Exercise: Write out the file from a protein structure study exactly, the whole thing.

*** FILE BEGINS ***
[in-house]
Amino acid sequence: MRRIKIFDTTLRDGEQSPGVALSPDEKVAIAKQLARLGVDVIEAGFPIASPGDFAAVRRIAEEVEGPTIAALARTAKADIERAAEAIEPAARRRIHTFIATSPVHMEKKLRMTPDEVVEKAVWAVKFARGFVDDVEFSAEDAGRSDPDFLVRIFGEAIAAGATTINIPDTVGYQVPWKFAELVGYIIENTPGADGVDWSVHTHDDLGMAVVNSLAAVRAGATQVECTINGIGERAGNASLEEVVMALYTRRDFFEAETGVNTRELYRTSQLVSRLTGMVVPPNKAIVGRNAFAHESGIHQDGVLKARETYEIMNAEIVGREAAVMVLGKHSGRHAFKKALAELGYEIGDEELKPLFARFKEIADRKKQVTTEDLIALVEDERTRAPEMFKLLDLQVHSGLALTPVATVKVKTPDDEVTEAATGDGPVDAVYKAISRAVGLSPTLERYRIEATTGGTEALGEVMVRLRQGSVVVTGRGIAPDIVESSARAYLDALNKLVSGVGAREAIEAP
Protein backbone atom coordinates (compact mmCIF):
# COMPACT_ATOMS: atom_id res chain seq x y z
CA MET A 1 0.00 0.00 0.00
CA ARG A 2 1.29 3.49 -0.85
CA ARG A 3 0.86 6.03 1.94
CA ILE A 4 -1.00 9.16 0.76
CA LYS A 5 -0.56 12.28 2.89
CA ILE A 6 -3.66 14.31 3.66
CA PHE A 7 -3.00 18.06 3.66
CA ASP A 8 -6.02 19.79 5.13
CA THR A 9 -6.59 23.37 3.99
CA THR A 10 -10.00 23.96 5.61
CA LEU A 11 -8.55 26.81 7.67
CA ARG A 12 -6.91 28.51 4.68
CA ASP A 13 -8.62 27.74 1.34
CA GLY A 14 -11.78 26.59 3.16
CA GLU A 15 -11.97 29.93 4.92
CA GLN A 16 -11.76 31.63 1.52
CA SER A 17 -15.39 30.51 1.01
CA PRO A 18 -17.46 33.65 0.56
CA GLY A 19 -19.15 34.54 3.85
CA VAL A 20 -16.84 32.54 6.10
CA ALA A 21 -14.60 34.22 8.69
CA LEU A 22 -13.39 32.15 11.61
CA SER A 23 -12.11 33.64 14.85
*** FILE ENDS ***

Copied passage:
[in-house]
Amino acid sequence: MRRIKIFDTTLRDGEQSPGVALSPDEKVAIAKQLARLGVDVIEAGFPIASPGDFAAVRRIAEEVEGPTIAALARTAKADIERAAEAIEPAARRRIHTFIATSPVHMEKKLRMTPDEVVEKAVWAVKFARGFVDDVEFSAEDAGRSDPDFLVRIFGEAIAAGATTINIPDTVGYQVPWKFAELVGYIIENTPGADGVDWSVHTHDDLGMAVVNSLAAVRAGATQVECTINGIGERAGNASLEEVVMALYTRRDFFEAETGVNTRELYRTSQLVSRLTGMVVPPNKAIVGRNAFAHESGIHQDGVLKARETYEIMNAEIVGREAAVMVLGKHSGRHAFKKALAELGYEIGDEELKPLFARFKEIADRKKQVTTEDLIALVEDERTRAPEMFKLLDLQVHSGLALTPVATVKVKTPDDEVTEAATGDGPVDAVYKAISRAVGLSPTLERYRIEATTGGTEALGEVMVRLRQGSVVVTGRGIAPDIVESSARAYLDALNKLVSGVGAREAIEAP
Protein backbone atom coordinates (compact mmCIF):
# COMPACT_ATOMS: atom_id res chain seq x y z
CA MET A 1 0.00 0.00 0.00
CA ARG A 2 1.29 3.49 -0.85
CA ARG A 3 0.86 6.03 1.94
CA ILE A 4 -1.00 9.16 0.76
CA LYS A 5 -0.56 12.28 2.89
CA ILE A 6 -3.66 14.31 3.66
CA PHE A 7 -3.00 18.06 3.66
CA ASP A 8 -6.02 19.79 5.13
CA THR A 9 -6.59 23.37 3.99
CA THR A 10 -10.00 23.96 5.61
CA LEU A 11 -8.55 26.81 7.67
CA ARG A 12 -6.91 28.51 4.68
CA ASP A 13 -8.62 27.74 1.34
CA GLY A 14 -11.78 26.59 3.16
CA GLU A 15 -11.97 29.93 4.92
CA GLN A 16 -11.76 31.63 1.52
CA SER A 17 -15.39 30.51 1.01
CA PRO A 18 -17.46 33.65 0.56
CA GLY A 19 -19.15 34.54 3.85
CA VAL A 20 -16.84 32.54 6.10
CA ALA A 21 -14.60 34.22 8.69
CA LEU A 22 -13.39 32.15 11.61
CA SER A 23 -12.11 33.64 14.85